From the end of the nineteenth century and into the beginning of the 2000s, the Hansen House served as an isolated hospital for lepers. The compound, enclosed behind walls, and its residents, equally present and hidden, spawned imagination, fear, and curiosity within passer bys. The historic wall that surrounds the garden becomes architectural grounds for the ongoing textile sculpture composed of netting commonly used to cover scaffolding. The layered work adorns the stone wall in a soft, crawling manner. Piece after piece the tissue appears along the wall as it grows to become one continuous threadwork, and much like a jewel, it seeks to capture a gaze and a memory.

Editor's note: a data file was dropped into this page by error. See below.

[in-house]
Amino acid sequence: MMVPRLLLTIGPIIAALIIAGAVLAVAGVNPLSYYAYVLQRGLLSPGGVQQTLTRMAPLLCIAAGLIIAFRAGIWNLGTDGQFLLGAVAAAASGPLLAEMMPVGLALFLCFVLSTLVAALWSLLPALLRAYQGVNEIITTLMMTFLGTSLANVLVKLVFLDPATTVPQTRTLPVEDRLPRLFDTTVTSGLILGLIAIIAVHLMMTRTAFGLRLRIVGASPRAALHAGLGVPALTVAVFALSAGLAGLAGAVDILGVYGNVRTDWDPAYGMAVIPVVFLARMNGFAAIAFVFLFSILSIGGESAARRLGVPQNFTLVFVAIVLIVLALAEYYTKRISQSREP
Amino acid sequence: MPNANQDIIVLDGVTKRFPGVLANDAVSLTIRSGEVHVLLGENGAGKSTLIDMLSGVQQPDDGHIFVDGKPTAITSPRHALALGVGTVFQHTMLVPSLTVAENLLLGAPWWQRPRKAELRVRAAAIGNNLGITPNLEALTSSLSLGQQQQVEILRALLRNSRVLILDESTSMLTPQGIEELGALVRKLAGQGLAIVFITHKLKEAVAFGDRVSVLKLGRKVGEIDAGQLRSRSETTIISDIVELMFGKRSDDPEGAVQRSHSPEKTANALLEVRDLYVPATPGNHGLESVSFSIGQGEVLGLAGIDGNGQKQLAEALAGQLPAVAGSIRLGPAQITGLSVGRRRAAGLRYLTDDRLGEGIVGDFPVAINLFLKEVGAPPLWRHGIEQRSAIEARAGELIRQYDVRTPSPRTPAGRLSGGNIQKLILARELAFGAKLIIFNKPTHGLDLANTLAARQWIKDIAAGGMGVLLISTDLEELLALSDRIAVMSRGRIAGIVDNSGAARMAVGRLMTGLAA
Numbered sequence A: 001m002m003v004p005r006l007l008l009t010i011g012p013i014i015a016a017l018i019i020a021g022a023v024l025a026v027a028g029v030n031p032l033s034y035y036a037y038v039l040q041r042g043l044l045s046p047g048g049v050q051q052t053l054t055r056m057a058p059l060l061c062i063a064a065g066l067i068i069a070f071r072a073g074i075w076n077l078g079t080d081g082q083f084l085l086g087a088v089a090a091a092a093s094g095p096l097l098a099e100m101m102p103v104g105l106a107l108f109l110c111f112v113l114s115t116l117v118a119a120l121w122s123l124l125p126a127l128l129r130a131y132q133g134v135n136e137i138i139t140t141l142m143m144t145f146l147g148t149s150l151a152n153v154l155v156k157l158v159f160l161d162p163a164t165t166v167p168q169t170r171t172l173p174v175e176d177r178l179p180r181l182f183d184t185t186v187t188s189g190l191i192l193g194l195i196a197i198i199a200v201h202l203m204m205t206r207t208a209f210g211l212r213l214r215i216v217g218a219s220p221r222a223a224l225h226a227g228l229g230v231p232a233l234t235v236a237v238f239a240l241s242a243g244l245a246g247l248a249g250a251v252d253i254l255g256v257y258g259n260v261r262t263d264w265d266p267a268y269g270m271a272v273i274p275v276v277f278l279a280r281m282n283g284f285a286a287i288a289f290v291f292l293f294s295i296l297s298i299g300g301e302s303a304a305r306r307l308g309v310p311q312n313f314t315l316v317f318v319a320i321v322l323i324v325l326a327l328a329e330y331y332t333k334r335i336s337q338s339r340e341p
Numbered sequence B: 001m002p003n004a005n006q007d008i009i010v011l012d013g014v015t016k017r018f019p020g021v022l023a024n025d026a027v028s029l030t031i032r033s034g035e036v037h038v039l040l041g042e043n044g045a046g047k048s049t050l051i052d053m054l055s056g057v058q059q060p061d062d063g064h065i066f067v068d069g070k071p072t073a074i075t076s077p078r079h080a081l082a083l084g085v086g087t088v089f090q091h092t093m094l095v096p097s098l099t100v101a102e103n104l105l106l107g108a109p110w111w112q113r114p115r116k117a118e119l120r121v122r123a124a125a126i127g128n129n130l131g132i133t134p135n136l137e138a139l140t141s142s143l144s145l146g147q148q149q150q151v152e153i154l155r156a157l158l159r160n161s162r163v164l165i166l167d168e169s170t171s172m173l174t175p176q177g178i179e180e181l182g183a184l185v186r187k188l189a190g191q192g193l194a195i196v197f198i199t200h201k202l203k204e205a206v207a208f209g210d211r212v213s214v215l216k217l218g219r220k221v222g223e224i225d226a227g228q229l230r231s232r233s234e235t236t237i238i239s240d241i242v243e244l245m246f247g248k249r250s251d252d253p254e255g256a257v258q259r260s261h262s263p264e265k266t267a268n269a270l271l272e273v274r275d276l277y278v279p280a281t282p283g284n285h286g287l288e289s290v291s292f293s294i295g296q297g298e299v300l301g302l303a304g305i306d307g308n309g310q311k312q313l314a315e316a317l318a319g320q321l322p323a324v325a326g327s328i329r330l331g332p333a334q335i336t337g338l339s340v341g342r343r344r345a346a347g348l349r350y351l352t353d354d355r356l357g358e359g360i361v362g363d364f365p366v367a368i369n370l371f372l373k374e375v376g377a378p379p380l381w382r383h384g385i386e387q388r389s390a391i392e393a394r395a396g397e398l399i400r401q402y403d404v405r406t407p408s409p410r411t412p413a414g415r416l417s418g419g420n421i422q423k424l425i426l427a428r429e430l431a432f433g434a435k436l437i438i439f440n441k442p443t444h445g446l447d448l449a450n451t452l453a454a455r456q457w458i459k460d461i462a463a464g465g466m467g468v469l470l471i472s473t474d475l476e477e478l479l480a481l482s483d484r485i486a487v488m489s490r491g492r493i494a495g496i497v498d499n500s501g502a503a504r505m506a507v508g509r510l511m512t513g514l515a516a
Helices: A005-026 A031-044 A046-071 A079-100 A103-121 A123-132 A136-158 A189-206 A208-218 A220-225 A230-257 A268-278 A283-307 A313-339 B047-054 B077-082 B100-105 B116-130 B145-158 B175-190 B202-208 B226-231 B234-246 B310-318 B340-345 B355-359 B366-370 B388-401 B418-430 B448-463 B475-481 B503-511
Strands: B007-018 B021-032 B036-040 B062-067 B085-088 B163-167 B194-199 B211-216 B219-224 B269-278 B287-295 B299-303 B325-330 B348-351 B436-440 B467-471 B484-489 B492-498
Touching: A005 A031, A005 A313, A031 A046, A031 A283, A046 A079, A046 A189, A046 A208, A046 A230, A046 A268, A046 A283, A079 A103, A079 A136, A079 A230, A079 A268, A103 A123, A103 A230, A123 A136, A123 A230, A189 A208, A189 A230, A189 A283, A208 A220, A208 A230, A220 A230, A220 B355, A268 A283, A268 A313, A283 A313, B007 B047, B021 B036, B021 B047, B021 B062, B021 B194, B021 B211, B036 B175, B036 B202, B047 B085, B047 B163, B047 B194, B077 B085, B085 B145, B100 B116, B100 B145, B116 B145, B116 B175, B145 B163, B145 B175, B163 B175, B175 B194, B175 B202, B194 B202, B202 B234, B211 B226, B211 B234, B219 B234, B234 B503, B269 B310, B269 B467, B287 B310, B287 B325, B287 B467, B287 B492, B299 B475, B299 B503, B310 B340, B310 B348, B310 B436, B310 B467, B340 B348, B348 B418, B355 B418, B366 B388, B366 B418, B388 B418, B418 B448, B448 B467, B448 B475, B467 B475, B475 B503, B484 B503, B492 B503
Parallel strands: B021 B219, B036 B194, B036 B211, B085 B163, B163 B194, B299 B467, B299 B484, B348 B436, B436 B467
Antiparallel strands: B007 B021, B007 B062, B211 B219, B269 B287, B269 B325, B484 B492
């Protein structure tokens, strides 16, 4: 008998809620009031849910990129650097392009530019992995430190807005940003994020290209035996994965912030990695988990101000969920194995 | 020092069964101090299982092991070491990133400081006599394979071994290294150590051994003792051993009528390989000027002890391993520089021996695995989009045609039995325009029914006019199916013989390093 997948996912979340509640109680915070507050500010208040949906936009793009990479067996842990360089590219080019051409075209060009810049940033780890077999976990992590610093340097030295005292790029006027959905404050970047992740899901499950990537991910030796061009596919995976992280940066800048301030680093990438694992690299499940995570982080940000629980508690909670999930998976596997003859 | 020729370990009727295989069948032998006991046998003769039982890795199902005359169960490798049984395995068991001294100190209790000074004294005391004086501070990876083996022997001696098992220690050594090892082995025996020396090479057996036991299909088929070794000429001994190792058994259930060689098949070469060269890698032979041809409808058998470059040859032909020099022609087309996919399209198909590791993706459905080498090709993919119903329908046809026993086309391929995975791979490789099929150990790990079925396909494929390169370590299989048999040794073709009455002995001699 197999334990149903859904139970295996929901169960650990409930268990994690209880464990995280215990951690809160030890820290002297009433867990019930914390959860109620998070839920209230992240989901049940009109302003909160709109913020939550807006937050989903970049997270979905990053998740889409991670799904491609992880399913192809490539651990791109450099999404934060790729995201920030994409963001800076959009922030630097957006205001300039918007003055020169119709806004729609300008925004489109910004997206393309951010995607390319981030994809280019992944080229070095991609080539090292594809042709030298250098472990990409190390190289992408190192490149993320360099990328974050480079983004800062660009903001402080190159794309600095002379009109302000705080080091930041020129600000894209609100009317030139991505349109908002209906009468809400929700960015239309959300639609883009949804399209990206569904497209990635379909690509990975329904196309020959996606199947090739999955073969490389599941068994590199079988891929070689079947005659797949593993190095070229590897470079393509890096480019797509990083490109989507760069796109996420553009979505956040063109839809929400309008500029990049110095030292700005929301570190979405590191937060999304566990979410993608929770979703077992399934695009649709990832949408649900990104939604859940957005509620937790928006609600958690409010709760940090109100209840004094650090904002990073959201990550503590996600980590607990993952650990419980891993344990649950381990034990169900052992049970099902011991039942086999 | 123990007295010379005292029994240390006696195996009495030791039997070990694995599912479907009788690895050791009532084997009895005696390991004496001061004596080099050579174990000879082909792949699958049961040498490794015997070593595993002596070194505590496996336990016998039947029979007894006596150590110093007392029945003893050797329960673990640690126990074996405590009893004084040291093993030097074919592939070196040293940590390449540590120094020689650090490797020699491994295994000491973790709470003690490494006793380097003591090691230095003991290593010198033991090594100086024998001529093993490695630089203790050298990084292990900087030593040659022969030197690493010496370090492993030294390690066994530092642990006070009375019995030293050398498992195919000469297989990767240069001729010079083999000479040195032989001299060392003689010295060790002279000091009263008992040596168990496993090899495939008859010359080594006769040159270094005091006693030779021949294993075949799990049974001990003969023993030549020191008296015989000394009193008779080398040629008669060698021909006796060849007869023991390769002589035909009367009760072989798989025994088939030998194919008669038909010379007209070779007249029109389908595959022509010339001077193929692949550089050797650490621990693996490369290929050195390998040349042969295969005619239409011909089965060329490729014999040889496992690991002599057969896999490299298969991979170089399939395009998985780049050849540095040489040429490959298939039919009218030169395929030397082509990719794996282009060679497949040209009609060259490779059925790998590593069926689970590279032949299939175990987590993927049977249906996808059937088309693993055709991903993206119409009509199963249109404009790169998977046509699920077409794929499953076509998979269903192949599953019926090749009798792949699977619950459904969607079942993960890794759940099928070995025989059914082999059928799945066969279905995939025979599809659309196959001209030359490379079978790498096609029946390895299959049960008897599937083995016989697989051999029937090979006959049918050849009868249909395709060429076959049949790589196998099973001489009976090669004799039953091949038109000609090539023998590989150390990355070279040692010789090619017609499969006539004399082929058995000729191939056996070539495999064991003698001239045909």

Nathalie Kertesz Maor lives and works in Israel and Spain. Both artist and architect, her works concern poetic conditions of power and time, and are often sourced from materials that allow for manipulation and transformation. Her creative process consists of disassembling tactile and mundane material and its reconstruction as relic, one which is reactivated in the urban setting within which it is placed, through new aspects of scale and context. Her textile works expand the act of drawing as her sculptural works leak out of the studio and gallery space and into the public sphere.